Beautiful Vintage Treasures

Today I thought I’d share some beautiful vintage treasures that are now residing at our house.  You know that you have the sweetest friend when you receive an unexpected parcel from overseas (UK) and inside are some beautiful vintage pieces.  Well, that has happened to me not once, but twice, from my wonderful friend, Genine!  Her generosity left me speechless!  I cannot keep these treasures to myself, so although I’m not an expert on vintage clothing, I thought I’d share pictures and what little bit I do know about them.

My first parcel arrived here a bit ago, and inside was a ladies nightgown – simple, but beautiful just the same.  I have no idea what the date of this gown would be, but I suspect early 1900’s just because the gown is completely constructed by hand.  The stitches are tiny and the thread extremely fine.  The gown is knee length and all the beautiful lace and detail work is on the bodice, so I’ll focus on showing the bodice.

I can only imagine the time it took to piece together all of these different laces.  On each side of the laces are the teeny, tiny pintucks, perfectly executed.

I am choosing to believe that this beautiful gown was for someone’s trousseau.  It is in remarkably good condition.  I did find a “repair” that was done to the gown and it just made me laugh.  What on earth was someone thinking by using red thread on a white gown???

Not only does the red thread repair stick out like a sore thumb, but the thread looks like rope compared to the fine thread used in the rest of the gown.  Note to self – things not to do when repairing.  LOL!

Then last week, much to my surprise and absolute delight, I received yet another parcel from the UK and inside were 2 of the most beautiful baby gowns.  They are both very different, but both equally spectacular.

The first gown is made by machine.  Sewing machines were not commonplace in homes until the late 1800’s, though they had been around and available earlier than that.  But, that does at least give a clue that the dress is probably dated not earlier than the 1890’s or after.  The style of gown is one that is difficult (for me) to date since it is a style that has been around forever.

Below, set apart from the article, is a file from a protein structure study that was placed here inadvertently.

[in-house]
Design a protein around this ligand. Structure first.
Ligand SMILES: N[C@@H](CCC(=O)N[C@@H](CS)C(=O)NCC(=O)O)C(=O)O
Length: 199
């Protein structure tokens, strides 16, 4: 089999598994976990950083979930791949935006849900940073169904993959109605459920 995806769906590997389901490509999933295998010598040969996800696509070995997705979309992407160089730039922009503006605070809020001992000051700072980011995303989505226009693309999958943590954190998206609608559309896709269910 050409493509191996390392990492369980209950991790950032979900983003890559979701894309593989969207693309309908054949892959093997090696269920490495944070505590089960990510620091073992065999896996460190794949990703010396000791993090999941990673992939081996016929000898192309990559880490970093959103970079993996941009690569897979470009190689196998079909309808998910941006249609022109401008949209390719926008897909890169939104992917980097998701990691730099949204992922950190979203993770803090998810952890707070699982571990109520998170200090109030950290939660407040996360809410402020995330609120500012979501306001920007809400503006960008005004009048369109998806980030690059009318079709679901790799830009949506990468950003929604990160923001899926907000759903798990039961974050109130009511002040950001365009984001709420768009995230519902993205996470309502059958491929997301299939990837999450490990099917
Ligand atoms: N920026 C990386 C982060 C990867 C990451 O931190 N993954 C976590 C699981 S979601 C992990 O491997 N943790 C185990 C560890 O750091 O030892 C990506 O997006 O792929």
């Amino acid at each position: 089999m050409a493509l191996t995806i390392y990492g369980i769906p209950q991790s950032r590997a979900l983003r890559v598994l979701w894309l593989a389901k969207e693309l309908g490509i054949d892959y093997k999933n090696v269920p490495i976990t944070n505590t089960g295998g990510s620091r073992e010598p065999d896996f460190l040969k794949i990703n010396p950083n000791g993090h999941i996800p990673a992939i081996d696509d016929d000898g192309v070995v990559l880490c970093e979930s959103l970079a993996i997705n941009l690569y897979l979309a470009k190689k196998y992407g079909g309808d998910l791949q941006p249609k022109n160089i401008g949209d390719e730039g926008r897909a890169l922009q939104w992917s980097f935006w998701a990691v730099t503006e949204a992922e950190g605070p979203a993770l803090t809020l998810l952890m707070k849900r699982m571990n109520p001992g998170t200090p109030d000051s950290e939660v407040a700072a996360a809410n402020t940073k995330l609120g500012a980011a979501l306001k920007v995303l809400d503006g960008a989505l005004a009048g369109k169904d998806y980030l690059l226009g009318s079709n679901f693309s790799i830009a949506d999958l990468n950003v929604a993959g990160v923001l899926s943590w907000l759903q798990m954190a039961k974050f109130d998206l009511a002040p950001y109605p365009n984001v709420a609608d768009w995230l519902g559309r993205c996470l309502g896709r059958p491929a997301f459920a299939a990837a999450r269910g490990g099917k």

Correction – while I thought that this gown was machine made, I was wrong – it is also completely hand made.  The stitches are so tiny and so perfect that my “mature” eyes believed them to be machine made.  Under magnification I could see that they were expertly stitched by a master!

The gown is 22″ long and has the most exquisite hand embroidery down the front of the dress and also on the fabric between the laces.  The fabric is the weight of a Swiss batiste or lightweight lawn.  Beautiful stitches executed with the skill of an accomplished embroiderer.  The design is so delicate and sweet!  I cannot imagine the hours that this embroidery took to complete!

The pintucks at the yoke are also completed by machine by hand, which I find pretty amazing, as they are only 1/16″ tucks and perfectly spaced.  The back of the gown also has pintucks, but they are 1/8″ tucks.

The neck and sleeves are finished with entredeux and gathered lace, and the sleeves are also set in with entredeux.  It is the tiniest entredeux that I’ve ever seen – even smaller than what we consider to be “baby” entredeux.

The other detail on this gown that I think is beautiful and have used on dresses that I’ve made is that the underarm has pleats at the seam.  The underarm seam has come out a bit, so I will repair that, but I wanted to show this sweet detail as well.  As you would expect, the seams are 1/8″ French seams.

This gown is in great condition, whatever the age of it is.  Such a beautiful treasure !  And if you think that this gown is stunning, the next one will blow you away!!!